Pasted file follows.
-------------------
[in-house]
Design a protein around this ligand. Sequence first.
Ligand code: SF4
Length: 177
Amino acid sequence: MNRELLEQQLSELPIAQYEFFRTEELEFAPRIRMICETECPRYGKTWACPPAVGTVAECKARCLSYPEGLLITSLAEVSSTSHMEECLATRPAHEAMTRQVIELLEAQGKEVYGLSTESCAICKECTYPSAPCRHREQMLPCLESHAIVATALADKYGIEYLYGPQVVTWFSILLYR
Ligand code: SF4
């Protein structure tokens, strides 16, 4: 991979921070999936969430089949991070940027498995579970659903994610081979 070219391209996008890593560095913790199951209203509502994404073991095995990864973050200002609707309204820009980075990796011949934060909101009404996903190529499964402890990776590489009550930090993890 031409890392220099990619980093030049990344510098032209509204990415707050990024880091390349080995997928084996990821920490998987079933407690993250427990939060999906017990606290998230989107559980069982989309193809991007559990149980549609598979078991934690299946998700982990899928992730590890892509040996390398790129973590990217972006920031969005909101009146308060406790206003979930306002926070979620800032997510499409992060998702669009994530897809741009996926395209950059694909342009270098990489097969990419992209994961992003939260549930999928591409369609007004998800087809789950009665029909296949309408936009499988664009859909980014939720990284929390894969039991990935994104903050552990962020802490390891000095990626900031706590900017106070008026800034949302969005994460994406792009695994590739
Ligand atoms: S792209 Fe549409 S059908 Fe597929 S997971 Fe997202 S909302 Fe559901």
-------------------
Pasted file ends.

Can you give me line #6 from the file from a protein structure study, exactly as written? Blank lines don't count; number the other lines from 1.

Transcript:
Ligand code: SF4